Abstract

The Fund has taken cognizance of the fact that the signatory of a special exchange agreement would not be free to impose discriminatory exchange restrictions against other contracting parties, without having the benefit of any provision in the special exchange agreement comparable to Article XI, Section 2, of the Fund’s Articles. Therefore, a signatory would be unable to impose exchange restrictions against contracting parties that were members of the Fund, but the latter would be able to impose exchange restrictions against the signatory. Members would be able to do this under Article XI, Section 2, unless, of course, the Fund made the finding referred to in that provision. It is true that Article XV: 4 of GATT provides that contracting parties shall not, by exchange action, frustrate the intent of the provisions of GATT, but Article XV: 9(a) states that nothing in GATT precludes the use of exchange restrictions if they are in accordance with the Fund’s Articles.

The Fund has taken cognizance of the fact that the signatory of a special exchange agreement would not be free to impose discriminatory exchange restrictions against other contracting parties, without having the benefit of any provision in the special exchange agreement comparable to Article XI, Section 2, of the Fund’s Articles. Therefore, a signatory would be unable to impose exchange restrictions against contracting parties that were members of the Fund, but the latter would be able to impose exchange restrictions against the signatory. Members would be able to do this under Article XI, Section 2, unless, of course, the Fund made the finding referred to in that provision. It is true that Article XV: 4 of GATT provides that contracting parties shall not, by exchange action, frustrate the intent of the provisions of GATT, but Article XV: 9(a) states that nothing in GATT precludes the use of exchange restrictions if they are in accordance with the Fund’s Articles.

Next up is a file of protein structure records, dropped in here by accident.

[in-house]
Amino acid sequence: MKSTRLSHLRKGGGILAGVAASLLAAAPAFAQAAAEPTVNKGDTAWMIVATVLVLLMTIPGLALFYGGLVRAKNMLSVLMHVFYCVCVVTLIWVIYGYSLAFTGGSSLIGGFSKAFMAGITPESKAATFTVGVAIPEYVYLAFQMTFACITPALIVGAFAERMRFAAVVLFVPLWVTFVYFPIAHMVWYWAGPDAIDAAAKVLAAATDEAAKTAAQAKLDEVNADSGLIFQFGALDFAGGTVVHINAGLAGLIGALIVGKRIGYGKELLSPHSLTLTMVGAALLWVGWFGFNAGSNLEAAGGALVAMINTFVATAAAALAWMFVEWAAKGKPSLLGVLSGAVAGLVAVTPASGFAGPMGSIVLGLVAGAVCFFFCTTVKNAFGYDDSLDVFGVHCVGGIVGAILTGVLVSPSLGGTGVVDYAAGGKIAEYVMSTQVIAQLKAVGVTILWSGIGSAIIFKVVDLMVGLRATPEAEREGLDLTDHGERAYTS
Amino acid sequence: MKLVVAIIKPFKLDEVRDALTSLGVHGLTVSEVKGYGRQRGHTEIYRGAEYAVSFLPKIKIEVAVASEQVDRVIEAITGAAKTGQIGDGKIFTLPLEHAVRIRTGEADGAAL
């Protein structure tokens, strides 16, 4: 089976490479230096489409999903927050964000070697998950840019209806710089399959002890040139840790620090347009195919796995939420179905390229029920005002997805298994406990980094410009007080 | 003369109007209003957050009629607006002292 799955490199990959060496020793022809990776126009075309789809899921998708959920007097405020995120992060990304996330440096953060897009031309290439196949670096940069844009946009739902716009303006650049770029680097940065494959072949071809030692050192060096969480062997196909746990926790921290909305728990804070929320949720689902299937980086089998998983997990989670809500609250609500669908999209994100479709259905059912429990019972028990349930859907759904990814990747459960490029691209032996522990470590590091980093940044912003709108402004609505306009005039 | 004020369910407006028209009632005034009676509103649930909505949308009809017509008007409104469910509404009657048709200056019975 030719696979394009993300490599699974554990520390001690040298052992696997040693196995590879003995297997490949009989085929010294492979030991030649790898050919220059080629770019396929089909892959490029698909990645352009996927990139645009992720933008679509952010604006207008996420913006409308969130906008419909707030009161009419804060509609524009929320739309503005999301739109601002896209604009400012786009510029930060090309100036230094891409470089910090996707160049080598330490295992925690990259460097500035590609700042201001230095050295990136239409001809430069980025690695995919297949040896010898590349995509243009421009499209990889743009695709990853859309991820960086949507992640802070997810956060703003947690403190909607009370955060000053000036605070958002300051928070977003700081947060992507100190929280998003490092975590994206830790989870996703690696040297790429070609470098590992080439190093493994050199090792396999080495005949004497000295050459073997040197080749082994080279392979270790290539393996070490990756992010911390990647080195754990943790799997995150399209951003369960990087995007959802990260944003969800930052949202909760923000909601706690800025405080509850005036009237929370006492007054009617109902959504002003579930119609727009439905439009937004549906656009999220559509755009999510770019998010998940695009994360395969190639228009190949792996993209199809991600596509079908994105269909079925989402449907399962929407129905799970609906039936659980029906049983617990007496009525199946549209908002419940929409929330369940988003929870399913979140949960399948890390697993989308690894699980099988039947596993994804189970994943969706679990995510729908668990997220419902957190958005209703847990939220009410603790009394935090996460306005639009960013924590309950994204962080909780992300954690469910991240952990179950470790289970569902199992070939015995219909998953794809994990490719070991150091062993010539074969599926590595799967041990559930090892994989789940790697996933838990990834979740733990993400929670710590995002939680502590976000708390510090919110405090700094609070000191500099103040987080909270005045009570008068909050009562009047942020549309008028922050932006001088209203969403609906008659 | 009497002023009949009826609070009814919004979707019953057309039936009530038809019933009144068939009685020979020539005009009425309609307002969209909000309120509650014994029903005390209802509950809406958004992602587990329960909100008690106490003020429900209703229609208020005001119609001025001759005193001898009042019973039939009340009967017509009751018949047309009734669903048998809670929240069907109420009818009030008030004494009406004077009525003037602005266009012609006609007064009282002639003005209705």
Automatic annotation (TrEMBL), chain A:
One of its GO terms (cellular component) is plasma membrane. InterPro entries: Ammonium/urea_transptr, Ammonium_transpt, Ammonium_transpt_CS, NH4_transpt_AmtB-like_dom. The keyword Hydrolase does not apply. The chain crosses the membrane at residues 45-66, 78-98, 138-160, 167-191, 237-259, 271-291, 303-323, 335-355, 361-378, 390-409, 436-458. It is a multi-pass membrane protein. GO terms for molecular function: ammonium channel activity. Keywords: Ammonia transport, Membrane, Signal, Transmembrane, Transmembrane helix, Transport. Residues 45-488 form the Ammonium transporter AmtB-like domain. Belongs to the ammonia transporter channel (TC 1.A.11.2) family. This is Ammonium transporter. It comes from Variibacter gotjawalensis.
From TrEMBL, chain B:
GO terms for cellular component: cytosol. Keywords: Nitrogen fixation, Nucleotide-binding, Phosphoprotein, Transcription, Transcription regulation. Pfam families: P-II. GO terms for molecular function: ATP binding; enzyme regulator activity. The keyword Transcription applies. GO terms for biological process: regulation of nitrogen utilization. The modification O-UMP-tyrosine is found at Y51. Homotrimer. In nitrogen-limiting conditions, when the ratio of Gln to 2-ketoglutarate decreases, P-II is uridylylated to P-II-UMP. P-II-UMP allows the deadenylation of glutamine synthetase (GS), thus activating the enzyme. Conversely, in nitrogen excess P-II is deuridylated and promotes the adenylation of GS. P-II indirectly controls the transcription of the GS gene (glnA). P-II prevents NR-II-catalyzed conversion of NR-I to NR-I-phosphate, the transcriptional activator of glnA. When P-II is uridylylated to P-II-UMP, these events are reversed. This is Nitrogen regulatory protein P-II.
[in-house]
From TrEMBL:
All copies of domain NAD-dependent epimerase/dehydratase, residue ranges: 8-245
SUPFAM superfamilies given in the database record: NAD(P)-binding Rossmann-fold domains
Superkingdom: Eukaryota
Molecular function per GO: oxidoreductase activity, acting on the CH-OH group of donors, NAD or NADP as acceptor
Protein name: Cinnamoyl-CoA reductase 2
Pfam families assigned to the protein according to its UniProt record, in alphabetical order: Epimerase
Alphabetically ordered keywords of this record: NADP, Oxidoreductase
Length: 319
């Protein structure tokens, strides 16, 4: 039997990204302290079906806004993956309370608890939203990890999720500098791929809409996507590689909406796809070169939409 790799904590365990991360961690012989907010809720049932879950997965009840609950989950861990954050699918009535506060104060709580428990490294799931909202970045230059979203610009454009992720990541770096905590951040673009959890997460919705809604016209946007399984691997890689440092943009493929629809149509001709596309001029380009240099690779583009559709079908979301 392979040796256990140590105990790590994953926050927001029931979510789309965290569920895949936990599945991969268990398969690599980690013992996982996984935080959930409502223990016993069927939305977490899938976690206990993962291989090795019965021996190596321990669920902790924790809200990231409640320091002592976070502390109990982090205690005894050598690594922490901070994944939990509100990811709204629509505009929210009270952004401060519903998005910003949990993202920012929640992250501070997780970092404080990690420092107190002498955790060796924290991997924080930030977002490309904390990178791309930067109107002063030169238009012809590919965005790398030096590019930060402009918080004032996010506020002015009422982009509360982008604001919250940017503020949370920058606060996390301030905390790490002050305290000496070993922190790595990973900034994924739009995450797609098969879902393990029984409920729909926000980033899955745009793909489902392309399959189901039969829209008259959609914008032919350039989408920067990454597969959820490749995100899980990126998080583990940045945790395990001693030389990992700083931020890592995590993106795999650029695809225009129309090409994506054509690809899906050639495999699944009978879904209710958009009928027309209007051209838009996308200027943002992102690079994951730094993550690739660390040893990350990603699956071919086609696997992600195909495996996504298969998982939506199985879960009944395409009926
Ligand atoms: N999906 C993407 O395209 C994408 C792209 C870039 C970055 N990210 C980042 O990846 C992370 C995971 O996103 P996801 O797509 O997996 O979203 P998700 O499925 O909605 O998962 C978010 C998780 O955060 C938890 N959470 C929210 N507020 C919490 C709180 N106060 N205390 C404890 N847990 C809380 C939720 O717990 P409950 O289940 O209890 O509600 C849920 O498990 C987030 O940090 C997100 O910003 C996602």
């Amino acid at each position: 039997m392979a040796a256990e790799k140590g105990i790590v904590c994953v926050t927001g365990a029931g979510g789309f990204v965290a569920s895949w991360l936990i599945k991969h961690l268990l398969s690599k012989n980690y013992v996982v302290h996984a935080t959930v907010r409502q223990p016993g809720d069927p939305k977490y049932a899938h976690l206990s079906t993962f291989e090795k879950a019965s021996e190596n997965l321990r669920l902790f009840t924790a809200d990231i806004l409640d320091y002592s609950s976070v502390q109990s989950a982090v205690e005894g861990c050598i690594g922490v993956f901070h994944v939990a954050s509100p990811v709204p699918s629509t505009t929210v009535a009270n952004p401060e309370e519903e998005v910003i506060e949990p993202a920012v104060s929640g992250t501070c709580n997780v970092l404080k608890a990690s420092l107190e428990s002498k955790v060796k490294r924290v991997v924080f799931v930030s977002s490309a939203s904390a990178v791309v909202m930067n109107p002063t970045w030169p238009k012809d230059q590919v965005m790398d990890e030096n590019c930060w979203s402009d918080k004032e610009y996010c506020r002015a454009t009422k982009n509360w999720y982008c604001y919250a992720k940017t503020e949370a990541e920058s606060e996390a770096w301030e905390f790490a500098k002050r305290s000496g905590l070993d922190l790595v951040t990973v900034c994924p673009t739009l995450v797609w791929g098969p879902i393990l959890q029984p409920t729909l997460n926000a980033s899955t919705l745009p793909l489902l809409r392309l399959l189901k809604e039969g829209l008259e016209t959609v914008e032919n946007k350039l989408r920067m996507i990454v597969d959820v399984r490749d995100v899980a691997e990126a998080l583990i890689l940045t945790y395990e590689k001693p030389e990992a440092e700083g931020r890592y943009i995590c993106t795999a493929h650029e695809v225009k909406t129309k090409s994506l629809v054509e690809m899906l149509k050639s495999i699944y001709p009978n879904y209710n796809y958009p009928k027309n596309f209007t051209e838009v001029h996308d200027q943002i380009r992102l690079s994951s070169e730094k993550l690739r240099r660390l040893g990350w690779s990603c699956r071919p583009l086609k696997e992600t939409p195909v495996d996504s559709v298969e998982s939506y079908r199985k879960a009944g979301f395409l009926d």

It was the view of the Fund that its purposes were advanced if non-members accepted certain fundamental rules of conduct in the field of exchange policies similar to the rules binding on members. GATT and special exchange agreements were designed to promote the acceptance of those rules by non-members. Accordingly, the Fund thought it desirable to make a finding under Article XI, Section 2, that the imposition of restrictions on exchange transactions with contracting parties that signed a special exchange agreement, or with their residents, was prejudicial to the interests of members and contrary to the purposes of the Fund. At the same time it was not intended to put a signatory in a better position than a member of the Fund. Therefore, it was provided that the finding would not preclude the imposition of exchange restrictions against a non-member if they would be authorized by the Fund’s Articles had the non-member been a member. For example, the finding would not preclude the imposition of restrictions if the member was authorized to impose comparable restrictions against members under the transitional arrangements of Article XIV, Section 2. Again, there was no reason why a member should be under an absolute prohibition if it could seek prior approval from the Fund for comparable restrictions against members, e.g., under Article VIII, Section 2. The Fund’s various conclusions were set forth in Rule M-6 of the Rules and Regulations: